Great men are not so plentiful that we can afford to neglect or depreciate them. He who picks holes in the character of a great teacher, and dwells rather on his casual faults than the truer part of him, not only robs himself of one of Heavens brightest gifts, but mutilates it for others.

It would not, indeed, profit us to follow all the recent critics, who in a few short months, on page 29 strength of one book written in moments of deepest anguish, have seen fit to demolish our reverence for this great Seer. Many of them found the publication of the Reminiscences a lucky excuse for giving up their adherence to a philosophy they had never really admired, except in so far as it was fashionable to do so. I do not believe it lessened the number of his sincere friends and admirers. His fame stands in no lasting danger from such critics, and it will come back again without our aid—we should but waste time to plead for him whose voice fills half our century.

He once wrote in an album the following trifle:—

"Simon Brodie had a cow,
He lost his cow, and he couldna find her;
When he had done what man could do,
The cow cam' hame, and her tail behind her."

We will learn wisdom herefrom, and, sparing unnecessary pains, will leave Carlyle's reputation to take care of itself.

I almost fear, lest under the pretext of a criticism of Carlyle, I shall seem to have preached a sermon largely made up in a piecemeal fashion of quotations from his works, without, moreover, having had the grace to cry "Have patience, good people." My object has been to present you with a view of the principal points in his teaching, rather than to air any opinions of my own; and consistently keeping this object before me I would entreat your forbearance a little longer, while I read to you on account of its beauty and charac- page 30 teristic feeling, a passage from the Chapter on the Everlasting Yea in Sartor Resartus:—

"Often also could I see the black Tempest marching in anger through the Distance; round some Schreckhorn, as yet grim-blue, would the eddying vapour gather, and there tumultuously eddy, and flow down like a mad witch's hair; till after a space it vanished; and, in the clear sunbeam your Schreckhorn stood smiling grim-white, for the vapour had held snow. How thou fermentest and elaboratest in thy great fermenting-vat and laboratory of an Atmosphere, of a World, O, Nature!—Or what is Nature? Ha! Why do I not name thee God? Art thou not the Living Garment of God? O, Heavens, is it, in very deed, He, then, that ever speaks through thee; that lives and loves in thee; that lives and loves in me?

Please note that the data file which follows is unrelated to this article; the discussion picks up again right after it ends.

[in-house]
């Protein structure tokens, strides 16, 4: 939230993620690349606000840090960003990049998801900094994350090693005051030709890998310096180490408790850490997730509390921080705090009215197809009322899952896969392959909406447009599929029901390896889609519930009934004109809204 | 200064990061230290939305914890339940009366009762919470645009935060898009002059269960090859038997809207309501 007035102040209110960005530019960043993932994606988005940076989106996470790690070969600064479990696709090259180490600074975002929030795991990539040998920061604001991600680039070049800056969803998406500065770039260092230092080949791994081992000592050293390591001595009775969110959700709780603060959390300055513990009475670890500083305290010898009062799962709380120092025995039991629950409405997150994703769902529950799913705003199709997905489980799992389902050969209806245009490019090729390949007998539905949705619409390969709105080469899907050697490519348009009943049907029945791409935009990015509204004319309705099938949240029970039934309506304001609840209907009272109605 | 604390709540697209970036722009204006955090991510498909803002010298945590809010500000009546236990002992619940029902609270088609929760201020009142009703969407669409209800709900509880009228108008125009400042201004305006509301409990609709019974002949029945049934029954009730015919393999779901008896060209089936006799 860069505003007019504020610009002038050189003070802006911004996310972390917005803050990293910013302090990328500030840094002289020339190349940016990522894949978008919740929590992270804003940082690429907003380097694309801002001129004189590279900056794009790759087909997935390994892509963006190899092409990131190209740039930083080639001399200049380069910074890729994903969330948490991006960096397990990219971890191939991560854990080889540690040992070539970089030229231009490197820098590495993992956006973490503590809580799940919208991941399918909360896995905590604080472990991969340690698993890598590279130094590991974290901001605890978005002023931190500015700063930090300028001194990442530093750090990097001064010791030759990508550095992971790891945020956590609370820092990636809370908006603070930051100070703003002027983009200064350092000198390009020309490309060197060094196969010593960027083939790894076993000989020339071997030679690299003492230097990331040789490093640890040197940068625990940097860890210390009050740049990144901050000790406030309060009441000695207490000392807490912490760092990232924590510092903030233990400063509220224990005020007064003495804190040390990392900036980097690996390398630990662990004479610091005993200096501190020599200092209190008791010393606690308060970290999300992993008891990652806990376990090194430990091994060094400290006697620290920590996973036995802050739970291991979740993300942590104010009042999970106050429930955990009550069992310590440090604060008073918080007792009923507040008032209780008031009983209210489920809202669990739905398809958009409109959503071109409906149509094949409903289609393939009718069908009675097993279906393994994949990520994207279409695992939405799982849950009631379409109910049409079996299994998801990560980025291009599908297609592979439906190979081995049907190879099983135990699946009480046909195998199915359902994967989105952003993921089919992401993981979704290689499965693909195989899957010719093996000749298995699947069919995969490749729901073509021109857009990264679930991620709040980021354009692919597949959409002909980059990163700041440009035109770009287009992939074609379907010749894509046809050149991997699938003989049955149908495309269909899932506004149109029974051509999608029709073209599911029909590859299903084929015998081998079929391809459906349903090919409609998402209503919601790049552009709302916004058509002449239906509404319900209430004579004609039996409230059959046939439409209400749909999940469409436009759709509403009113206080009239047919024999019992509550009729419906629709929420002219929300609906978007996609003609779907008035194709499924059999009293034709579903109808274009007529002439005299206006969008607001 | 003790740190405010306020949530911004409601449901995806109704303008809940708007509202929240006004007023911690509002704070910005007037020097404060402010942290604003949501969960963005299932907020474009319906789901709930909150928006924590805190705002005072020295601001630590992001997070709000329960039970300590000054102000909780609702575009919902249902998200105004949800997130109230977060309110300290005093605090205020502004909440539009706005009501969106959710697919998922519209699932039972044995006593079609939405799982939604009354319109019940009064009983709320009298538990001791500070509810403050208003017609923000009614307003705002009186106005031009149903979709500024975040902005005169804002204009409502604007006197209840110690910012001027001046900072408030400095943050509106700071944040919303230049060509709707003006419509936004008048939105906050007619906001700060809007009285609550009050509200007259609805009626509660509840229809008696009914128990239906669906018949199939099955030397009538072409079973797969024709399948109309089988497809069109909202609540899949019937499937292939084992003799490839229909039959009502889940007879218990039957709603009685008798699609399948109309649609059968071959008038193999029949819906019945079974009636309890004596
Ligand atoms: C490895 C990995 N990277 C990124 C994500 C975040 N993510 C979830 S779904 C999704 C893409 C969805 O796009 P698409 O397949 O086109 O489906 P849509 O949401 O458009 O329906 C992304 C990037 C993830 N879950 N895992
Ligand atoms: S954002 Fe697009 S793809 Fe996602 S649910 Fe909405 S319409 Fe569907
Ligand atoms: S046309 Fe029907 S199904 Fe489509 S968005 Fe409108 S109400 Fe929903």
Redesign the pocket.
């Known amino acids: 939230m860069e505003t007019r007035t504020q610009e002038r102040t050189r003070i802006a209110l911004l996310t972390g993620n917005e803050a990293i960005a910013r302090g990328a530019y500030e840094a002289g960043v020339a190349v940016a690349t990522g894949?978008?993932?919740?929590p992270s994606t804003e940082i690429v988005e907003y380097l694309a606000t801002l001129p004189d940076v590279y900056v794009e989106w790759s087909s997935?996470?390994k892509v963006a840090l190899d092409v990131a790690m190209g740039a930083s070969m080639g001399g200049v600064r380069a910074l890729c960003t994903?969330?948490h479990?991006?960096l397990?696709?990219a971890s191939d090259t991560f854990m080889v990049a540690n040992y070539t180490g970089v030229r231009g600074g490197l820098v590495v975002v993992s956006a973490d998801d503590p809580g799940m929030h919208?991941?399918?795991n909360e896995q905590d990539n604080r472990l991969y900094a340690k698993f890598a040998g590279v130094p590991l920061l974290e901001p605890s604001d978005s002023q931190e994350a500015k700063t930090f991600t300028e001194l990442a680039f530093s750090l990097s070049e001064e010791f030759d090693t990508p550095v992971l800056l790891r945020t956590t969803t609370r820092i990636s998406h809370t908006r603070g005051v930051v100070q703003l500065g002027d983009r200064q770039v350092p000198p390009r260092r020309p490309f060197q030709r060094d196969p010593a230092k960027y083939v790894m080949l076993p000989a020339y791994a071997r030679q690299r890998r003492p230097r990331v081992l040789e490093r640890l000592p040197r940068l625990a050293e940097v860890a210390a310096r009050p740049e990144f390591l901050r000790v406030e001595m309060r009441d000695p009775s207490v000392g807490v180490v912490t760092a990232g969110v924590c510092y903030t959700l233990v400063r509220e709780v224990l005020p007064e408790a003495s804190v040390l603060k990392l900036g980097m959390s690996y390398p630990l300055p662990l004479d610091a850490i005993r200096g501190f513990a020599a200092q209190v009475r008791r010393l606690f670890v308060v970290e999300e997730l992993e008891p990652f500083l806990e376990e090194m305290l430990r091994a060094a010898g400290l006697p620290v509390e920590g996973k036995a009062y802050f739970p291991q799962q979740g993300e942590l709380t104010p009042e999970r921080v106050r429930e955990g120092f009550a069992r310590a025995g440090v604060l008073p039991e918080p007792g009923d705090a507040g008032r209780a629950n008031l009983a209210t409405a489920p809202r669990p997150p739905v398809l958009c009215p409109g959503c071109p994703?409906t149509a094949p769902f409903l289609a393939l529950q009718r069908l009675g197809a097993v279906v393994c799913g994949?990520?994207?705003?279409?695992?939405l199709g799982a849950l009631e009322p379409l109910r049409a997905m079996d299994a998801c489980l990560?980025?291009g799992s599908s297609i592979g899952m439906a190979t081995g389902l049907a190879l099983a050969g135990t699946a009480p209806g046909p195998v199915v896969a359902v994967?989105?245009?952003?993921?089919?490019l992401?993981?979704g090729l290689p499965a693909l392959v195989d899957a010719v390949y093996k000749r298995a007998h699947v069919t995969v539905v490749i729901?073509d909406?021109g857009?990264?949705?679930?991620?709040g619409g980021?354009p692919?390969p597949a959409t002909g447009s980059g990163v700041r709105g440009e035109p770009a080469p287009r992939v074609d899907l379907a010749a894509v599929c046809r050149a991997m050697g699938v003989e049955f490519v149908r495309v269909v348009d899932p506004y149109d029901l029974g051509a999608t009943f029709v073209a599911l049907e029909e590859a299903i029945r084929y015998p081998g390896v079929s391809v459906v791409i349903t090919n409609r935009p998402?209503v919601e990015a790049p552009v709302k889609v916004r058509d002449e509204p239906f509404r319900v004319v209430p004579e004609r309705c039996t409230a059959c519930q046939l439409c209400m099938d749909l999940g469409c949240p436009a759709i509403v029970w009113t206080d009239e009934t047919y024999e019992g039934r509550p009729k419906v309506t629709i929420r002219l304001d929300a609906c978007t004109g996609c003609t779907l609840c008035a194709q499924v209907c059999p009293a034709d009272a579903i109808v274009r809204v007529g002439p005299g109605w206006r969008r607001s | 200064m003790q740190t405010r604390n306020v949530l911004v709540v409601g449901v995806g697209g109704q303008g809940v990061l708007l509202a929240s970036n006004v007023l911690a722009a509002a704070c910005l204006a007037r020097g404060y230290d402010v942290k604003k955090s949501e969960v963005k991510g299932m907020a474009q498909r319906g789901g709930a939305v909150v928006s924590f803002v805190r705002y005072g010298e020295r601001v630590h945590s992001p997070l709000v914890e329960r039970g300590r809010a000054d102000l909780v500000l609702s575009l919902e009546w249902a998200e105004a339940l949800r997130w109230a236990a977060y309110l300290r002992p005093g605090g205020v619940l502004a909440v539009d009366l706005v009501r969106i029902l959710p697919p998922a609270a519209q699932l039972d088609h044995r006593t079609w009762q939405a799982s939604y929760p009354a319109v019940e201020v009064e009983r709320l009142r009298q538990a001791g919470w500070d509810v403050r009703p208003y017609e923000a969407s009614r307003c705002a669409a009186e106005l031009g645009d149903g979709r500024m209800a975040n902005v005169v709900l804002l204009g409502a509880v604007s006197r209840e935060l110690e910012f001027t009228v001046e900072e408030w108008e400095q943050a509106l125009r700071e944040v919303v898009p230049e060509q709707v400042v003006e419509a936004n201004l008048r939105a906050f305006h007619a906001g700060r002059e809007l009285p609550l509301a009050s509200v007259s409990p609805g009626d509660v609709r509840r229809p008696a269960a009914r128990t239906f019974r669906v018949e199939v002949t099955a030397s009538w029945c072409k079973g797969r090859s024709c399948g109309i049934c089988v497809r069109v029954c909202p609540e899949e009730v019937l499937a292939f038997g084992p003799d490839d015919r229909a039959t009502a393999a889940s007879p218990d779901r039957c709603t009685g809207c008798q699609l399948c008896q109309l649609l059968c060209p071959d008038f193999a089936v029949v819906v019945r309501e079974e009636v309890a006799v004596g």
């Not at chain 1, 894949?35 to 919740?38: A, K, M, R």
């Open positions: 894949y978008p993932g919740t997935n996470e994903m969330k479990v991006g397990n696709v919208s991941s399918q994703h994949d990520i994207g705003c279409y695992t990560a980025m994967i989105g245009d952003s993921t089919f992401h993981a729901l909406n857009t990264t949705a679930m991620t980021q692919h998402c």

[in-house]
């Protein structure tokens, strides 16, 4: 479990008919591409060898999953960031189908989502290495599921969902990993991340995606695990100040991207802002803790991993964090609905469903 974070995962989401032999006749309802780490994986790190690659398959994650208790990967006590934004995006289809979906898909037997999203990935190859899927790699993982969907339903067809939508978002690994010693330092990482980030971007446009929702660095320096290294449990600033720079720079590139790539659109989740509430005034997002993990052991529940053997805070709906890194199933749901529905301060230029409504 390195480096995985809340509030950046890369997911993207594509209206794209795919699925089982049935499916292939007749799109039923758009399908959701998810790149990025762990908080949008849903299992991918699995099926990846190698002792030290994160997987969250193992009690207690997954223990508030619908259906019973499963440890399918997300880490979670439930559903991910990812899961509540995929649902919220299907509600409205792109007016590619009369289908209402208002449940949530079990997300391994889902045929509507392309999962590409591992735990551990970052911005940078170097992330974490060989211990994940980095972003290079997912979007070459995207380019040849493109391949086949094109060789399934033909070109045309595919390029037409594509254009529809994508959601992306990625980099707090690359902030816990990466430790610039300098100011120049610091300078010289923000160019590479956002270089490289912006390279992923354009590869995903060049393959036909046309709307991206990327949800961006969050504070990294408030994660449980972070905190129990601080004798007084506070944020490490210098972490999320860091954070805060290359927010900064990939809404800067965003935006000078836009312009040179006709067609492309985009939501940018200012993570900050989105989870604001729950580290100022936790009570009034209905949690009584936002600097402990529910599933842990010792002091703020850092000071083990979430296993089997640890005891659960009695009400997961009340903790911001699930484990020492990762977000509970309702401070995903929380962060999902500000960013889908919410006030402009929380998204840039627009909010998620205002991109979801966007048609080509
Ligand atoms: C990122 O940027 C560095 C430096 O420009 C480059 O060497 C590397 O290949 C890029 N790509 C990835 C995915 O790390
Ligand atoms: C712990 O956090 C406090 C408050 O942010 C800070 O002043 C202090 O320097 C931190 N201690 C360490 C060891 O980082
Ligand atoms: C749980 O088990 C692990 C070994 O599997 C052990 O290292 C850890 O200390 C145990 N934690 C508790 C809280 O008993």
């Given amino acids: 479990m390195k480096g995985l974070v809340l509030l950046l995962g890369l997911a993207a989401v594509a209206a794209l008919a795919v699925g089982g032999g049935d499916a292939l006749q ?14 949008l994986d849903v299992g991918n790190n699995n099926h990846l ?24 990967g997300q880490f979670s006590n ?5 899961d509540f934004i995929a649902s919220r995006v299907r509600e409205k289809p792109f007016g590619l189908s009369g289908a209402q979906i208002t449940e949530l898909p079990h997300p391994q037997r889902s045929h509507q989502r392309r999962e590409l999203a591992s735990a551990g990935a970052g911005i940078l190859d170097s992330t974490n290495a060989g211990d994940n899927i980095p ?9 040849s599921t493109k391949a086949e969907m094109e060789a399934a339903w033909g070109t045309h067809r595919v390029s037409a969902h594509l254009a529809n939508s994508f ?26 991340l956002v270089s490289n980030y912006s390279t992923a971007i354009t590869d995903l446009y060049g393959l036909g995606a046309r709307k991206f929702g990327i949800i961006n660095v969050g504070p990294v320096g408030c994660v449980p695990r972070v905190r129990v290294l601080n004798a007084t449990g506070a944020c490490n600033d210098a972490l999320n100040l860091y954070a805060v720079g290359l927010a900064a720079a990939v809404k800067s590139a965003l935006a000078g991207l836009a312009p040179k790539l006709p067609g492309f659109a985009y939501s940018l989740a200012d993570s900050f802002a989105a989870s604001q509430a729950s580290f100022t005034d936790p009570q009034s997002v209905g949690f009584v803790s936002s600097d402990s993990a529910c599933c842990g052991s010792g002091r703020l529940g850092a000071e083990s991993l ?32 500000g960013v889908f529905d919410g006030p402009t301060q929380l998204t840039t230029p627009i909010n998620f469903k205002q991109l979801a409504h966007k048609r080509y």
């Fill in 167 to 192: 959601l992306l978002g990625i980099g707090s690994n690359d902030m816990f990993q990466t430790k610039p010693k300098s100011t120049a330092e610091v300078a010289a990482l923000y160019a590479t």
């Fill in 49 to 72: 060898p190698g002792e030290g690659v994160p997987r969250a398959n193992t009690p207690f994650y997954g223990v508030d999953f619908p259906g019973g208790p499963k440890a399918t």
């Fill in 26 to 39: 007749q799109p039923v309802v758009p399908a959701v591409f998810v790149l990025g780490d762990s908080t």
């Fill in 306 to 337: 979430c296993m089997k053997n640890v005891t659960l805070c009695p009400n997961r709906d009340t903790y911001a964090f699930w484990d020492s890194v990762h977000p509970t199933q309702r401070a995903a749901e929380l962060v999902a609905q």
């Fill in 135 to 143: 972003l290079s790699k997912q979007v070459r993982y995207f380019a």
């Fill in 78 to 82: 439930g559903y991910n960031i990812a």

"Fore-shadows, call them rather fore-splendours, of that Truth, and beginning of Truths, fell mysteriously over my soul. Sweeter than Day-spring to the Shipwrecked in Nova Zembla; ah, like the mother's voice to her little child that strays bewildered, weeping, in unknown tumults like soft streamings of celestial music to my too exasperated heart, came that Evangel. The Universe is not dead and demoniacal, a charnel-house with spectres, but God-like, and my Father's!

"With other eyes, too, could I now look upon my fellow man; with an Infinite Love, an Infinite Pity. Poor, wandering, wayward man! Art thou not tried and beaten with stripes, even as I am? page 31 Ever, whether thou bear the royal mantle or the beggar's gabardine, art thou not so weary, so heavy-laden, and thy Bed of Rest is but a Grave. O, my Brother, my Brother, why cannot I shelter thee in my bosom, and wipe away all tears from thy eyes! Truly, the din of many-voiced life, which in this solitude, with the mind's organ, I could hear, was no longer a maddening discord, but a melting one; like inarticulate cries, and sobbings of a dumb creature, which in the ear of Heaven are prayers. The poor Earth, with her poor joys, was my needy Mother, not my cruel Step-dame. Man, with his so mad Wants, and so mean Endeavours, had become the dearer to me; and even for his sufferings and his sins, I now first named him Brother. Thus was I standing in the porch of that 'Sanctuary of Sorrow'; by strange, steep ways had I, too, been guided thither, and ere long its sacred gates would open, and the 'Divine Depth of Sorrow' lie disclosed to me."

When we read a passage like this, surely all carping criticism must for a time at least die away, and our minds must turn to that grand sentence in his Rectorial Address at Edinburgh—"There is a nobler ambition than the gaining of all California, or the getting of all the suffrages that are on the planet just now."

To the Problem of Life, Carlyle has given us no easy arithmetical solution—but has he therefore failed? Surely not. If in an unheroic age he has taught us to be heroic; if, through him, we have faith to believe that the Nature of Things at page 32 the core of it is good and not chaotic; if we have patience to work, and to wait and hope for those things which as yet we see not (and ourselves may never see); if, keeping Duty steadily in view, we live in obedience to its dictates, construed and interpreted by the aid of our best spiritual and moral instincts, by our conscience and our reason; we shall not have read our Carlyle in vain. Though we cannot solve the problem, we shall have rendered its solution easier to others; though to us there be denied that vision of Truth which none but the pure-eyed see, yet those who come after us will, by our efforts and even by our failures, be able to catch nearer and nearer glimpses of Her face; till Man shall see, in the far good time to come, no longer through a glass darkly, but shall look face to face into Nature, and be transformed by the sight. And as for ourselves, —though in painfully seeking for a road amidst the perplexing paths of Life we lose our way we shall have found what we had sought, and have lost ourselves in the Infinite Soul of the Universe.

And to the Teacher who has given this divine impulse we can show no more grateful reverence than this—to bid him—

"Stand in his place and testify
To coming ages long,
That truth is stronger than a lie,
And Righteousness than wrong."